California officials face criticism from union leaders over plans to let Walmart and other retailers enroll shoppers in subsidized private health insurance.
Covered California, the state's new health insurance exchange, has asked retailers to help customers learn about their options and assist them in buying federally subsidized insurance, a plan to reach out to 5 million Californians eligible for coverage in 2014, the Los Angeles Times reported Thursday.
The plan has angered union leaders and consumer advocates who contend Walmart has no place offering healthcare advice when many of its employees do not qualify for company benefits and rely on taxpayer-funded programs, the Times said.
"We are appalled and offended that the exchange would contemplate partnering with Walmart and other retailers notorious for failing to provide healthcare benefits," said James Araby of the United Food and Commercial workers Union's Western states Council.
Others, including critics of Walmart, say the opportunity to reach out to the uninsured, while they are shopping, is too good to pass up.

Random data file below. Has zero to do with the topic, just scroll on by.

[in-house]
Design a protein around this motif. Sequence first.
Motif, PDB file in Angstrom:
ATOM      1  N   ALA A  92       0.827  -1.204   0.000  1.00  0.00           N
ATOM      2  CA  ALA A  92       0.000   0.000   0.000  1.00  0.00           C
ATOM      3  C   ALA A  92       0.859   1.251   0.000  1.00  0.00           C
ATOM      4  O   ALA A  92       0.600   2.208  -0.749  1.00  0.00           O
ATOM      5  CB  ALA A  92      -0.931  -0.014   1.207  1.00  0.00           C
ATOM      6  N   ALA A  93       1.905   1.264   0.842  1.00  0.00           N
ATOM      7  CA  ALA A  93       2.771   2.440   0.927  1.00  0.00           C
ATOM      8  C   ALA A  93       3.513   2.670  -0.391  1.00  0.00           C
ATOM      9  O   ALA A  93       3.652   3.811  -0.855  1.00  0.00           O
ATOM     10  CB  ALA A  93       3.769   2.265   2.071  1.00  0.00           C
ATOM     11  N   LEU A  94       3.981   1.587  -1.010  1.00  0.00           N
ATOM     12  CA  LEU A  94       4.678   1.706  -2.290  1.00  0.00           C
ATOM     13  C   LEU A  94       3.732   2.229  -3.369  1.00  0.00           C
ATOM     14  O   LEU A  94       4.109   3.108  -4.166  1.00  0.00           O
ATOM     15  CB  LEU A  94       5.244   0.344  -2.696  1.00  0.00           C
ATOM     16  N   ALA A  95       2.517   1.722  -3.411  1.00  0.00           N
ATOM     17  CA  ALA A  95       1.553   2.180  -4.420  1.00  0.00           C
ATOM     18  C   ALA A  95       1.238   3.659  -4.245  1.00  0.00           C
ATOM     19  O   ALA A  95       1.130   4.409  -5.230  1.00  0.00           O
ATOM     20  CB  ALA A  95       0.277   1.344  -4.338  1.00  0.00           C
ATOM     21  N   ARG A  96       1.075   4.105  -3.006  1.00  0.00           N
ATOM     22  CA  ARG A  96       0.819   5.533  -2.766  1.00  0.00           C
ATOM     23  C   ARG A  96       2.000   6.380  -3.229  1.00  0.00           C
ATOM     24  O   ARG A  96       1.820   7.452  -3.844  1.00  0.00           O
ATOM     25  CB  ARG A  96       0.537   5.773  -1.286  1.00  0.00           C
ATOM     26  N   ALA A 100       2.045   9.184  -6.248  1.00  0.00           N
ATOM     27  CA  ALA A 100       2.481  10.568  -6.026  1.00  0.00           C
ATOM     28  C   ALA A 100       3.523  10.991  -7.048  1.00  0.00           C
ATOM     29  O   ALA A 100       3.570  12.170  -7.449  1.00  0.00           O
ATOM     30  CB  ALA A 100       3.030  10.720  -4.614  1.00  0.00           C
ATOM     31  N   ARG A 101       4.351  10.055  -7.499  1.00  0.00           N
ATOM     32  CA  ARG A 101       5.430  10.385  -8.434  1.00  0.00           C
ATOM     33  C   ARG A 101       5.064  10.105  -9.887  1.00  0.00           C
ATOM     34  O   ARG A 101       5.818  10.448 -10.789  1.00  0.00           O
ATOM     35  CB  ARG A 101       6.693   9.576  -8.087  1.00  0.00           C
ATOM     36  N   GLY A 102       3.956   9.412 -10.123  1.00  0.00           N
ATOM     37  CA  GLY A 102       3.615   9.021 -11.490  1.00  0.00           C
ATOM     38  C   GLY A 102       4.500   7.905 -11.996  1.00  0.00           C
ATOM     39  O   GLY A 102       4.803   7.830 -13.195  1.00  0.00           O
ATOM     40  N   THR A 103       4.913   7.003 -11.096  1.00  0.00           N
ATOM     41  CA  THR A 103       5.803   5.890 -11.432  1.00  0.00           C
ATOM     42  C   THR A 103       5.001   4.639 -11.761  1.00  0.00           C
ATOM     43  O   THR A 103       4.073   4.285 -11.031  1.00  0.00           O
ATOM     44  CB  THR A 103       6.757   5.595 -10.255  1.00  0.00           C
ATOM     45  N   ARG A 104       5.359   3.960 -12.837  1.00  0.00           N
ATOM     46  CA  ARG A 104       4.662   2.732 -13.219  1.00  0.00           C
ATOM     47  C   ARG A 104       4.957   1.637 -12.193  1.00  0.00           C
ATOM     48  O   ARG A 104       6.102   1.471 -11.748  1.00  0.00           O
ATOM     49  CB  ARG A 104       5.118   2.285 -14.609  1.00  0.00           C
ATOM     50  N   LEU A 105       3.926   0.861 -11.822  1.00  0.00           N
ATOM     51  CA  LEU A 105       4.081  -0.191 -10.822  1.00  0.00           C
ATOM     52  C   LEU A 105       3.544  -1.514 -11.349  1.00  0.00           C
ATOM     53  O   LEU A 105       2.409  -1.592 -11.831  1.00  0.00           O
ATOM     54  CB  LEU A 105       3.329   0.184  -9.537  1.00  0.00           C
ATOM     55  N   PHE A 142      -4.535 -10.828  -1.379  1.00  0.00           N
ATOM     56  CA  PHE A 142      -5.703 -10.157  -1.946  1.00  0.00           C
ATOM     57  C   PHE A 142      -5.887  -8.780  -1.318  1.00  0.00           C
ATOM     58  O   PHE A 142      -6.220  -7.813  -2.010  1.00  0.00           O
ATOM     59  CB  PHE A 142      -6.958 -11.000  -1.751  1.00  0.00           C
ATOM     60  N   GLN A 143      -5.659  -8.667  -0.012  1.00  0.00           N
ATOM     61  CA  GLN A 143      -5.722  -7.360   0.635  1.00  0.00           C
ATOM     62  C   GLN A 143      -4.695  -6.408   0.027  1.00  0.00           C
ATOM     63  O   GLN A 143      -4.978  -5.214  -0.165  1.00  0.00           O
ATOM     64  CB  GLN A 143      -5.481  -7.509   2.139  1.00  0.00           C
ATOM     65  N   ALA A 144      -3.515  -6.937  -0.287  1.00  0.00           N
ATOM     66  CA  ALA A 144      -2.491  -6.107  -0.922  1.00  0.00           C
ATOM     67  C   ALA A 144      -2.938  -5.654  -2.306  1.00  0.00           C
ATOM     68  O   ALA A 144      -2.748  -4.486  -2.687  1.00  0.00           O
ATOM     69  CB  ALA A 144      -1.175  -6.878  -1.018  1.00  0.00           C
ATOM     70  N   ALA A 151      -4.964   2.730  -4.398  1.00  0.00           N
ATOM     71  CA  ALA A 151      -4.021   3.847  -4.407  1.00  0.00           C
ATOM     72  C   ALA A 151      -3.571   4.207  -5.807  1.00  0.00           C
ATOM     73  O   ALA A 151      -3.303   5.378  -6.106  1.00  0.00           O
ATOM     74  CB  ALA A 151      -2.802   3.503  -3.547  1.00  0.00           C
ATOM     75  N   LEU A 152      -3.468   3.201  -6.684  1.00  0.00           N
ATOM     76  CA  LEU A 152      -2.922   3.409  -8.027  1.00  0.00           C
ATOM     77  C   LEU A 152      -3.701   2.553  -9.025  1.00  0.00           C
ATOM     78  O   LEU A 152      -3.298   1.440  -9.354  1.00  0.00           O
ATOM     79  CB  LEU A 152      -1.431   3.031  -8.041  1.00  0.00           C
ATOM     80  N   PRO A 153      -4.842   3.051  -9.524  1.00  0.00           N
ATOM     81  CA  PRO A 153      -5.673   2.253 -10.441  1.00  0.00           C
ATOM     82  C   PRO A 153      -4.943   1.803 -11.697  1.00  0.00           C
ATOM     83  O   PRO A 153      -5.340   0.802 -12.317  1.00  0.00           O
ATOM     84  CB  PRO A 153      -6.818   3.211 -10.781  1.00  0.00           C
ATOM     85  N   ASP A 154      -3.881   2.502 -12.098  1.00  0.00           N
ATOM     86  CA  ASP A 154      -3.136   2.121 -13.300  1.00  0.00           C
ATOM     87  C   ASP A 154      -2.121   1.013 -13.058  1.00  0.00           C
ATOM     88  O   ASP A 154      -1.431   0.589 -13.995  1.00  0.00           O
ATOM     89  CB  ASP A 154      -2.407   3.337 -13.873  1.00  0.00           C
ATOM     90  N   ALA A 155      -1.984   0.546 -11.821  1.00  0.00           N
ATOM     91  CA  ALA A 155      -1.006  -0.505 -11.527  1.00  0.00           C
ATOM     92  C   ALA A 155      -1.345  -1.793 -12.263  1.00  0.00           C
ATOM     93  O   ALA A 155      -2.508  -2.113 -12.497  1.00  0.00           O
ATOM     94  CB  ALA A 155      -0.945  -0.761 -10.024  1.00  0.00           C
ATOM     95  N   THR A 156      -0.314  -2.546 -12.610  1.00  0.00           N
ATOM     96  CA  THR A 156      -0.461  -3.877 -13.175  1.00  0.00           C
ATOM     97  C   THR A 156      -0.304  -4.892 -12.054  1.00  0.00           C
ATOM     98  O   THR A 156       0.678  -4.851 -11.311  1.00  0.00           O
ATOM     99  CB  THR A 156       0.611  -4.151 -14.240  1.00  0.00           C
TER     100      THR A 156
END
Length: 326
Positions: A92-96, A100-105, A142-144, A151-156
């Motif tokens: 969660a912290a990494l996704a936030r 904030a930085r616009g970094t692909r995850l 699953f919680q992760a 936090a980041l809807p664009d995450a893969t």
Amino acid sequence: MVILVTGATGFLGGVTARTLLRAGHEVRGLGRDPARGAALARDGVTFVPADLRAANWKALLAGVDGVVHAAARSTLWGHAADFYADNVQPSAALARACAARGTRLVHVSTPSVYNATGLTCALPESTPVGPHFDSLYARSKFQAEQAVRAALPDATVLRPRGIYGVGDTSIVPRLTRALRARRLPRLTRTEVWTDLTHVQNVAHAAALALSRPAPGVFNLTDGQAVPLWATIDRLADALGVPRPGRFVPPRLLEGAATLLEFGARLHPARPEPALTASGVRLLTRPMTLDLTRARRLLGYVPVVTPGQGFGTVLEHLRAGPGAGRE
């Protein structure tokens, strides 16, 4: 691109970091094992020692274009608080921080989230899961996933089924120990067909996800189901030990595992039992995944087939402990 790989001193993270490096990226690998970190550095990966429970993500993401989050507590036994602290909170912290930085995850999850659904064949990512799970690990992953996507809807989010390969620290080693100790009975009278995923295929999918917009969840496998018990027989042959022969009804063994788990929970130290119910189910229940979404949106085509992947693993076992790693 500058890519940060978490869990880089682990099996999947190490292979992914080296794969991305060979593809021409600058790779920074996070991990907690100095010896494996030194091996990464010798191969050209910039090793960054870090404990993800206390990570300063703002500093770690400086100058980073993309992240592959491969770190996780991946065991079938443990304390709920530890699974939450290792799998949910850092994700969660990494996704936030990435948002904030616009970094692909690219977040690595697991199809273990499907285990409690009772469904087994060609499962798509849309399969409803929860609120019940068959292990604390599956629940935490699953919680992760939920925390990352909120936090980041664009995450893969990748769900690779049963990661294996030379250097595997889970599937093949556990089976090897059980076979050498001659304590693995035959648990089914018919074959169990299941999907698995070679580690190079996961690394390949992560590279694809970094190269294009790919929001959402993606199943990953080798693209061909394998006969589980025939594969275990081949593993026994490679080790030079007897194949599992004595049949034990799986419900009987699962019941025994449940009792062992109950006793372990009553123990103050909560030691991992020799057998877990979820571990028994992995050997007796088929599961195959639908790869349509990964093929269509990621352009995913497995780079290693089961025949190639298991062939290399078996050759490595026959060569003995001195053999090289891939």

"Walmart isn't a white knight, but I am all in favor of anything that gets people enrolled. Put a table in Walmart, Best Buy, Costco and CVS pharmacies. I'm all for it," said Nelson Lichtenstein, a University of California at Santa Barbara professor and frequent critic of Walmart.
Most Popular Stories
- Fantasy Football Gambling Industry Facing Increased Legal Scrutiny
- As States Legalize Pot, Will Traffic Deaths Rise?
- NATO Plans High-Readiness Force to Counter Russia
- Obama Promoting Economic Gains As Elections Near
- 'Guardians of the Galaxy' Conquers the North American Box Office with $16.3M
- GE Capital and Petters-Related Fund in Legal Battle
- California Conservation Conundrum: Water Use Varies Greatly Across State
- Combating Online Abuse Not Easy for Gamers
- Even With Surly 2014 Electorate, It's 'Still an Incumbent's World'
- Feds Want Nuclear Waste Train, but Nowhere to Go